Article | Published:

BTG4 is a meiotic cell cycle–coupled maternal-zygotic-transition licensing factor in oocytes

Nature Structural & Molecular Biology volume 23, pages 387394 (2016) | Download Citation

Abstract

The mRNAs stored in oocytes undergo general decay during the maternal-zygotic transition (MZT), and their stability is tightly interconnected with meiotic cell-cycle progression. However, the factors that trigger decay of maternal mRNA and couple this event to oocyte meiotic maturation remain elusive. Here, we identified B-cell translocation gene-4 (BTG4) as an MZT licensing factor in mice. BTG4 bridged CNOT7, a catalytic subunit of the CCR4–NOT deadenylase, to eIF4E, a key translation initiation factor, and facilitated decay of maternal mRNA. Btg4-null females produced morphologically normal oocytes but were infertile, owing to early developmental arrest. The intrinsic MAP kinase cascade in oocytes triggered translation of Btg4 mRNA stored in fully grown oocytes by targeting the 3′ untranslated region, thereby coupling CCR4–NOT deadenylase–mediated decay of maternal mRNA with oocyte maturation and fertilization. This is a key step in oocyte cytoplasmic maturation that determines the developmental potential of mammalian embryos.

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Acknowledgements

This study was funded by the National Basic Research Program of China (2012CB944403) and the National Natural Science Foundation of China (31528016, 91519313, and 31371449) to H.-Y.F. We thank B. Zhang (Peking University) for vectors.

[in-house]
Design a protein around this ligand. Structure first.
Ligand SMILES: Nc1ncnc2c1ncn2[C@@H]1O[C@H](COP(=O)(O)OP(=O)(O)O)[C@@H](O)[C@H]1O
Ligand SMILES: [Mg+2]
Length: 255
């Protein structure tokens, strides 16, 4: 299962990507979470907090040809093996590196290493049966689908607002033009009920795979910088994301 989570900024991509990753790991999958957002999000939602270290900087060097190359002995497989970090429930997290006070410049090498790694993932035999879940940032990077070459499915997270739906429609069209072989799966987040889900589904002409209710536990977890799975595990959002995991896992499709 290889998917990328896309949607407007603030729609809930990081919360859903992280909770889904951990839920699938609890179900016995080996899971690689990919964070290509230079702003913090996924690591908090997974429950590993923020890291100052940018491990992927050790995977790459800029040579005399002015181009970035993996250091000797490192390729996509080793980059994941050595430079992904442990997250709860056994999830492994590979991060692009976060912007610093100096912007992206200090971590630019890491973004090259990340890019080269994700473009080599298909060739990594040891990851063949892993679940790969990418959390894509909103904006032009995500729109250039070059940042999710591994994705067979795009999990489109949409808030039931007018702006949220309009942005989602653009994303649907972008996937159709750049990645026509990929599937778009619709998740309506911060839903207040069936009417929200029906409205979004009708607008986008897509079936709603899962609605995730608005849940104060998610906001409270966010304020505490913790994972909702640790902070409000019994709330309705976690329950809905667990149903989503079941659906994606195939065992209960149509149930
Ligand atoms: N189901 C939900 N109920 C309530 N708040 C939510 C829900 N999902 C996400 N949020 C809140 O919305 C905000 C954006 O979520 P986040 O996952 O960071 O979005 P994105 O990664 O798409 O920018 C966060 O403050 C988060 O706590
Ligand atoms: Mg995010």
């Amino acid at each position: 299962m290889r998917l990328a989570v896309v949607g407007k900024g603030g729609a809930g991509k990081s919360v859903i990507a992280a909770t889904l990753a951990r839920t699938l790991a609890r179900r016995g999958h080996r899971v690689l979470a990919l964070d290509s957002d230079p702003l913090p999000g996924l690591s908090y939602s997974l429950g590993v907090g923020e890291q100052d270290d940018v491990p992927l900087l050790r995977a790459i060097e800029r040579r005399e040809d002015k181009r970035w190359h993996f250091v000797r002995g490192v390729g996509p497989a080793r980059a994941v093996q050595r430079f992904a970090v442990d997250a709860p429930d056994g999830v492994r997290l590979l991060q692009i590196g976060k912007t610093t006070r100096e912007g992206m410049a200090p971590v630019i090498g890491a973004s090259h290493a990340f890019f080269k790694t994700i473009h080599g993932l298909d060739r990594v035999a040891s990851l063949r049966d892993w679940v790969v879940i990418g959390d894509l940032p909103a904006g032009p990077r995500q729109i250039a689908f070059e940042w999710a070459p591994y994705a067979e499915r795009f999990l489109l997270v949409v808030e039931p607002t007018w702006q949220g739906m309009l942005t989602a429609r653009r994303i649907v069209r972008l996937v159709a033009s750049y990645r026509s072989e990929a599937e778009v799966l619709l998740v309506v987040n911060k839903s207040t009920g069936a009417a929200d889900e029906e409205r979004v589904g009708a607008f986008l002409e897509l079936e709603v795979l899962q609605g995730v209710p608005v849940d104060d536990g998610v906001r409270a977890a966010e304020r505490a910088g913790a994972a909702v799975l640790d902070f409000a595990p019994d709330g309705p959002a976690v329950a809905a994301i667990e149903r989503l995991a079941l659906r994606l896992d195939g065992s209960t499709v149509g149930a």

Author information

Author notes

    • Chao Yu
    • , Shu-Yan Ji
    • , Qian-Qian Sha
    • , Yujiao Dang
    • , Jian-Jie Zhou
    •  & Yin-Li Zhang

    These authors contributed equally to this work.

Affiliations

  1. Life Sciences Institute and Innovation Center for Cell Signaling Network, Zhejiang University, Hangzhou, China.

    • Chao Yu
    • , Shu-Yan Ji
    • , Qian-Qian Sha
    • , Jian-Jie Zhou
    • , Yin-Li Zhang
    • , Yang Liu
    •  & Heng-Yu Fan
  2. Biodynamic Optical Imaging Center, College of Life Sciences, Peking University, Beijing, China.

    • Yujiao Dang
    • , Boqiang Hu
    •  & Fuchou Tang
  3. State Key Laboratory of Reproductive Biology, Institute of Zoology, Chinese Academy of Sciences, Beijing, China.

    • Zhong-Wei Wang
    •  & Qing-Yuan Sun
  4. College of Animal Science and Technology, Nanjing Agricultural University, Nanjing, China.

    • Shao-Chen Sun

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Contributions

H.-Y.F. and C.Y. conceived the project. H.-Y.F., C.Y., S.-Y.J., Q.-Q.S., Y.D., Y.-L.Z., and F.T. designed and analyzed experiments. C.Y., S.-Y.J., Q.-Q.S., Y.D., Y.-L.Z., J.-J.Z., Y.L., B.H., and S.-C.S. performed experiments. Z.-W.W. and Q.-Y.S. assisted in microinjection of mouse embryos. C.Y., Y.-L.Z., and H.-Y.F. wrote the paper. C.Y., S.-Y.J., Q.-Q.S., Y.D., J.-J.Z., and Y.-L.Z. contributed equally to this work.

Competing interests

The authors declare no competing financial interests.

Corresponding author

Correspondence to Heng-Yu Fan.

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    Supplementary Figures 1–8 and Supplementary Tables 2–4

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    Supplementary Data Set 1

    Original images of gels and blots used in this study

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    Supplementary Table 1

    FPKM of RNA-seq results

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DOI

https://doi.org/10.1038/nsmb.3204

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